Helping Hands for Freedom is a 501c3 dedicated to supporting the families of the fallen, wounded and deployed.

Dick Fero

Posted June 28, 2016 by Jaclyn Clark

With a father, father-in-law and grandfather who were all dentists, Shelbyville resident Dick Fero was destined to become a dentist, correct? No. Instead, a fascination with aircraft and flying turned into a stint in the military. “I always admired flying and aircraft and was always interested in it,” Fero said. Fero said he and two others saw an ad for the U.S. Marines and went to Buffalo to sign up. “The next day, we cancelled. On Jan. 19, 1955, I was in the Air Force and was there when the B52s began and was a crew chief at the end,” Fero said.


Fero’s time in the Air Force - 3 years, 7 months and 21 days - came to an end when he took an “early out” and went to college. “I was at Houghton College and transferred to Alfred College. Alfred had Army ROTC and offered me a regular commission. I chose the Army because it had ROTC and I think there was always some desire after three years to get a commission,” Fero said. Fero immediately found himself in Fort Irwin, California. “At Fort Irwin, I ran the range and was a fire expert with a .45. I was always proud of that,” Fero said. However, an unexpected phone call would change his direction.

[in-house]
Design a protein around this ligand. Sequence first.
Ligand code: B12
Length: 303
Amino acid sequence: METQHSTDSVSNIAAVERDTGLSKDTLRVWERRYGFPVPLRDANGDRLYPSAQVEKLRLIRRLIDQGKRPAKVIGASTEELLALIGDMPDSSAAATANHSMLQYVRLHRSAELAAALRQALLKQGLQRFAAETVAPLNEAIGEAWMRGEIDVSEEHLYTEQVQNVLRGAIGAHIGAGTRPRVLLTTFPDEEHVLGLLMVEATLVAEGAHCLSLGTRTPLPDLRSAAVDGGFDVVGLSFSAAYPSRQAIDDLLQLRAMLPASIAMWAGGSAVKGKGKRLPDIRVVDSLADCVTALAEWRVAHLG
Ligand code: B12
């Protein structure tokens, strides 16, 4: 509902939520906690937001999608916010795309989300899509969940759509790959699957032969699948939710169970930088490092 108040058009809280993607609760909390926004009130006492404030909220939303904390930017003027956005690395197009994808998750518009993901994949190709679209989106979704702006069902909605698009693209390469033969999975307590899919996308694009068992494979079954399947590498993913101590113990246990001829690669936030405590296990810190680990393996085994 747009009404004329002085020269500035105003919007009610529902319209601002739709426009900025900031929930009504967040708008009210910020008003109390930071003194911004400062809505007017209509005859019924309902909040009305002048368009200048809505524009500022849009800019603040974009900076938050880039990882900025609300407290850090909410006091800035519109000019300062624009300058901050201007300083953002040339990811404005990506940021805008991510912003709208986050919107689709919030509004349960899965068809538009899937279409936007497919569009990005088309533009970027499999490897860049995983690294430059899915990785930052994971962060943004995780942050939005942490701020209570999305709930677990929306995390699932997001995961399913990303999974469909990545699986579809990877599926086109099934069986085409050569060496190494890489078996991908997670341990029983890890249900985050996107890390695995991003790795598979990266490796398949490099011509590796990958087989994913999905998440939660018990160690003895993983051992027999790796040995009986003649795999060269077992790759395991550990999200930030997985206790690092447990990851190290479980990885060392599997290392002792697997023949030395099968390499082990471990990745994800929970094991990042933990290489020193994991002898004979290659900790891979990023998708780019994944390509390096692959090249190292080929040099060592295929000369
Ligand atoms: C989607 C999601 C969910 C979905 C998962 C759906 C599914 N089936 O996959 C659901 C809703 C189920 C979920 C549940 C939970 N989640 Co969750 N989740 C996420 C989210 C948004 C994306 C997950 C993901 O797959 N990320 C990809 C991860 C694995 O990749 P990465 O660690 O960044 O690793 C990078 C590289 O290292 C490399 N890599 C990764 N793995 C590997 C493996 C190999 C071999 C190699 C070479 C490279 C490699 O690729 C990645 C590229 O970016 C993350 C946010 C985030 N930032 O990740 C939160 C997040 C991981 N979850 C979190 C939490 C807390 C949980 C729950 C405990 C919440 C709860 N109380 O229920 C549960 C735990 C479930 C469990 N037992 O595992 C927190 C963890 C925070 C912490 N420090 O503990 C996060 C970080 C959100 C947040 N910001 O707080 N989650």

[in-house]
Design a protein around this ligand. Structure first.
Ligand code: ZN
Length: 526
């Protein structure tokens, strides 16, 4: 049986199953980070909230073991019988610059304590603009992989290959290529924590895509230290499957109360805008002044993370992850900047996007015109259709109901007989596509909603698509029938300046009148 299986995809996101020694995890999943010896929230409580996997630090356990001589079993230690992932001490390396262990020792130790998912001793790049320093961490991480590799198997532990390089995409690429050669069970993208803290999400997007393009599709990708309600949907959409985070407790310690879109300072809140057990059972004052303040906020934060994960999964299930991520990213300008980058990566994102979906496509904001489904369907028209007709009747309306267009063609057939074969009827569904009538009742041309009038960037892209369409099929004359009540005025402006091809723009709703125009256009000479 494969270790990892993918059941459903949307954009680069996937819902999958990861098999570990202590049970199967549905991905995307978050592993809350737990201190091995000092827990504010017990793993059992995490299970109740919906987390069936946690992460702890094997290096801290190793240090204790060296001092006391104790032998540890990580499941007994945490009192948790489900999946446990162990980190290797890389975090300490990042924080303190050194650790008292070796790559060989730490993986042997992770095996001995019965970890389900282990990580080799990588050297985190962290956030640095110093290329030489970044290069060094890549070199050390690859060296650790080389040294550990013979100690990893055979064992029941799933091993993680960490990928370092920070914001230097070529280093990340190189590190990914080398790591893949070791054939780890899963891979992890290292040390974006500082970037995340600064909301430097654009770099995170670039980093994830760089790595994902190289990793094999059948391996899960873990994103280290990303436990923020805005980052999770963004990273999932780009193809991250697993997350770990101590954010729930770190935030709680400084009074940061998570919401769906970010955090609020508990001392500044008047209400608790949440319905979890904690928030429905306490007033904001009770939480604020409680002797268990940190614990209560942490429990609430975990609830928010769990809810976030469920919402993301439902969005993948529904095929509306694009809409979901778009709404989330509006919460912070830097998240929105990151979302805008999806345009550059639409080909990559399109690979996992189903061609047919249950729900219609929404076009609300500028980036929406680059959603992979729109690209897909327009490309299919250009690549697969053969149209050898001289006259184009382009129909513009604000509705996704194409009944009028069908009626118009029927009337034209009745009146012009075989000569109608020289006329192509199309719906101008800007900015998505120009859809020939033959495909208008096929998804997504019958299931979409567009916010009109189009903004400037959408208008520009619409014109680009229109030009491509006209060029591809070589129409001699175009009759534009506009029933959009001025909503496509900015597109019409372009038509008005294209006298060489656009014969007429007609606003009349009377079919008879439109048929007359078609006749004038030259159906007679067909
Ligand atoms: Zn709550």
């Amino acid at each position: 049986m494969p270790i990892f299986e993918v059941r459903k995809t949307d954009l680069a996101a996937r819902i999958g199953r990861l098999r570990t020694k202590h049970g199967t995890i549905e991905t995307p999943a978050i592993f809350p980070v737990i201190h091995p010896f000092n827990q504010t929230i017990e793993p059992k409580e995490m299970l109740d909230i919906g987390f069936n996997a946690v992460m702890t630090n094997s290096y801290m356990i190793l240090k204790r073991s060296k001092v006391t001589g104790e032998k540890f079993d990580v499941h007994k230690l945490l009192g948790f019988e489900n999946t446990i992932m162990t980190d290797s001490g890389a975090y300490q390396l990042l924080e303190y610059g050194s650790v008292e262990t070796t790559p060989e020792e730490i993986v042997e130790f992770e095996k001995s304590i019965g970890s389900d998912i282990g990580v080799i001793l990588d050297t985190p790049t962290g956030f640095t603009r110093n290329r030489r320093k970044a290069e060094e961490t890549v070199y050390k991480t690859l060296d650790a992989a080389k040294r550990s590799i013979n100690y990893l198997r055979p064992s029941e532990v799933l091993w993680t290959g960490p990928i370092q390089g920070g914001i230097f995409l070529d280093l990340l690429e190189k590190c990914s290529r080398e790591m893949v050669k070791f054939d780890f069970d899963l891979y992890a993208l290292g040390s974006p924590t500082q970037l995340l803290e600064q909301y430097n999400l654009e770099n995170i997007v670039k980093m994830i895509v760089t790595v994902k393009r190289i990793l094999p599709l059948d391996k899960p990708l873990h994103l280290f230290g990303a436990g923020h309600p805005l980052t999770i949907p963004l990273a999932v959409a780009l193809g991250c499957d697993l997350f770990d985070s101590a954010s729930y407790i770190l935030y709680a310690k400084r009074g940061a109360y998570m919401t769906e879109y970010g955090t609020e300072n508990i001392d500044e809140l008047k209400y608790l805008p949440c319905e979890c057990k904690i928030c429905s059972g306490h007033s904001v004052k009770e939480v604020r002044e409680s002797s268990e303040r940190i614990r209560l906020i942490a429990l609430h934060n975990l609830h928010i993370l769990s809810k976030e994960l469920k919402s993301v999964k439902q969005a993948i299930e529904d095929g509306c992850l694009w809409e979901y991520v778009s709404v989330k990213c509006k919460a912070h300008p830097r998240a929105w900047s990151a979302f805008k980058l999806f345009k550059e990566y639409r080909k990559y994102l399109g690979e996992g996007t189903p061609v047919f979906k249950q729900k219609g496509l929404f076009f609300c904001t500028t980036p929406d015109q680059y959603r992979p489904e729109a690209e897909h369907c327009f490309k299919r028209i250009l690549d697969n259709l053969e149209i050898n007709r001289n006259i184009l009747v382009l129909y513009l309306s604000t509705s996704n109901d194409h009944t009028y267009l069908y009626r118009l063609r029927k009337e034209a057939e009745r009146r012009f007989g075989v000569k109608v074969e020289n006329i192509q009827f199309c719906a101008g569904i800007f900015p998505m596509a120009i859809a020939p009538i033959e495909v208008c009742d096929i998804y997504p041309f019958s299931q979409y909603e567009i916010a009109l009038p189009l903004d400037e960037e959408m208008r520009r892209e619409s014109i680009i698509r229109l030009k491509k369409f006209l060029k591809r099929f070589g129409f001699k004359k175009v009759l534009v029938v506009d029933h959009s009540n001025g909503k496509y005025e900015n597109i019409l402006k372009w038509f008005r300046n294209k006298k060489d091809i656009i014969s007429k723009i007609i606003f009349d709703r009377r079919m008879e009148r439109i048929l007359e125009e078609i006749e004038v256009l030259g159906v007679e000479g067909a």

“I had orders to take over a command in Germany. I called the Army about Vietnam and volunteered,” he said. In 1964, Fero found himself on an advisory team in Vietnam. “The only way in was by way of an L19 airplane. At some point, I got a letter about being a pilot and going to school. I finished my first tour and went to Fort Rucker. I went back to Vietnam for my second tour and spent time repairing helicopters,” Fero said. During his time in Vietnam, tensions were so high back at home that Fero’s wife didn’t tell anyone where he was. “We got spit on and yelled at when we came back home. I appreciate the efforts in recent years to thank the Vietnam veterans, and I think things have changed,” he said. After Vietnam, Fero went back to school, spent a few years in Korea and decided to retire from the Army after 16 years and 11 months. “The Army gave me credit for 21 years,” said Fero, who earned several Bronze Stars during his time. Fero’s service to his country and fellow man didn’t stop there, though.


“When I got out, I felt an obligation to help others. I signed up with the Republican Party and was a precinct chair. I felt a calling toward the Republican side, and I served one term as chair of the party,” Fero said.

In addition, he has stayed active with the American Legion and other military events. “This is my country, and I feel I’ve done a reasonable effort to support my country and keep peace. I stand a little taller when the national anthem is played,” Fero said.